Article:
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The Answer on how new album Solas brought them back from the brink

Having enjoyed a rapid rise, The Answer suffered a downturn where even the band’s existence looked in jeopardy. But with new album, they feel the sun is shining on them again

It’s one of the most iconic images in rock: a colony of feral, naked, golden-haired children scrambling across an eerie, apocalyptic landscape, climbing towards the breaking light of a new day.

Local mythology contends that the imposing volcanic landscape of the Giant’s Causeway was created by Irish giant Fionn mac Cumhaill (Finn MacCool) building a path across the Irish Sea to accept a challenge of combat with the Scottish giant Benandonner. But for music fans the 60-million-year-old matrix of interlocking, largely hexagonal basalt columns will forever be associated with the artwork for the cover of Led Zeppelin’s 1973 album Houses Of The Holy.

On a preternaturally beautiful mid-September afternoon, the striking North Antrim coastline is once again teeming with feral children – although on this occasion it’s excitable school parties from Asia and central Europe visiting the UNESCO-approved World Heritage Site on geology trips, snapping selfies in the sunshine as they pick their way carefully across the slippery stones. In their midst, posing rather more self-consciously for Classic Rock’s camera, stand The Answer – vocalist Cormac Neeson, guitarist Paul Mahon, bassist Micky Waters and drummer James Heatley – arguably Northern Ireland’s second-best-known rock formation.

“Aren’t they handsome?” coos a 60-something female English tourist, squinting into the sunshine. “Are they a band?”

Informed that the four young men are indeed a band, the nice lady concedes that she is unfamiliar with The Answer. “I expect my daughter knows them, though,” she concludes brightly.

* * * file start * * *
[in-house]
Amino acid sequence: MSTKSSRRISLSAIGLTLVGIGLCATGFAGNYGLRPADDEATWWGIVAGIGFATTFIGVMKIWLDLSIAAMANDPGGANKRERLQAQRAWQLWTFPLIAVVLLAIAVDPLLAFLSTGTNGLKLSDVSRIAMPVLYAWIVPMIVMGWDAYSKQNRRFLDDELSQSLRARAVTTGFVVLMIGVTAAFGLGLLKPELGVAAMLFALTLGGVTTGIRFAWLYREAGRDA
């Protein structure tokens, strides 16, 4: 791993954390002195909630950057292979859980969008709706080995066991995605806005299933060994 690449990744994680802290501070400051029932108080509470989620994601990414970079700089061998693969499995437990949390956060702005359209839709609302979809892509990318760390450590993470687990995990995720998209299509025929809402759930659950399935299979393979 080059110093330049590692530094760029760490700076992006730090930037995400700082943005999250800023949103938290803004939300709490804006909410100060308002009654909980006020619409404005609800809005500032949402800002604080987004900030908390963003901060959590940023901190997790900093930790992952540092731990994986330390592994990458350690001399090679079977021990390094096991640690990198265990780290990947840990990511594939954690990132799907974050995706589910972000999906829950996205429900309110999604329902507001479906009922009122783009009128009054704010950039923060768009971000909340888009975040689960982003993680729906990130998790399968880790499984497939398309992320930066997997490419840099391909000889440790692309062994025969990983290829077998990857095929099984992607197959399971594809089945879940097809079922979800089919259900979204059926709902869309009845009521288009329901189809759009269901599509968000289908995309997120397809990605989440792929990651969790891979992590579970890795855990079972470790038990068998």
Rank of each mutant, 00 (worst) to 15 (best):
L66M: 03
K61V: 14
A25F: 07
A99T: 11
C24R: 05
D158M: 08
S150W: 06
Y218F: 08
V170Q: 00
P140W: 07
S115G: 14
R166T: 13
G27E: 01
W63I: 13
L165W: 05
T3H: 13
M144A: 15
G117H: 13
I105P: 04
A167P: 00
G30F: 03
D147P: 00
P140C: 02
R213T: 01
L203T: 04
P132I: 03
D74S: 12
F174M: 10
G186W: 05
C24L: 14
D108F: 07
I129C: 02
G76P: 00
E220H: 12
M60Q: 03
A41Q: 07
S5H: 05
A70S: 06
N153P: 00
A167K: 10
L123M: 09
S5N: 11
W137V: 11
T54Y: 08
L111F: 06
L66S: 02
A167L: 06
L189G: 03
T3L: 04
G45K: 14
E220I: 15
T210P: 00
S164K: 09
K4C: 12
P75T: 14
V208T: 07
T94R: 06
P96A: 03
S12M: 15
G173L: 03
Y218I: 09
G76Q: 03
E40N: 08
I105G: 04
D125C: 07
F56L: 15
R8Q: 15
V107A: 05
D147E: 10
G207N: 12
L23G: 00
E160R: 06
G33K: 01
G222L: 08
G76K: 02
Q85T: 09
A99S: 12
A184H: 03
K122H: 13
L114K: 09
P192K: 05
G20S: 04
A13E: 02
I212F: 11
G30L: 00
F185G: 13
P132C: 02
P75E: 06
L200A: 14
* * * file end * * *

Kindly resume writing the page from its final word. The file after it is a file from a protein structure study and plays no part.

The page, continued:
That The Answer are not yet household names, even in their own country, is perplexing. A decade ago the quartet from Downpatrick, County Down released their brilliant debut album Rise and embarked on an adventure that Neeson readily admits saw them swiftly tick off a bucket list of “all the things you dream about as a kid picking up a guitar and writing songs”. Acclaimed as the world’s Best New Band at the inaugural Classic Rock Awards in 2005, the group were hand-picked to open shows for the Rolling Stones, The Who, Aerosmith and Deep Purple, received plaudits from Jimmy Page, Paul Rodgers and Def Leppard’s Joe Elliott, and saw Rise rack up a coolly impressive 100,000 sales worldwide, including 10,000 in Japan in a single week. As the album cycle drew to its conclusion, it was announced that the band had been chosen as the sole support for AC/DC’s Black Ice world tour, an astonishing opportunity that would place their gritty, soulful blues rock in front of a global audience just shy of five million. Their rapid ascension into rock’s premier league seemed assured.

It was, says Neeson, “an exhilarating time”. Guitarist Paul Mahon describes the period as a “roller-coaster”, recalling “a lot of childhood dreams coming true”. By any measure, this was one hell of an introduction. But although no one could have predicted it at the time, it would also prove to be the peak of The Answer’s career.


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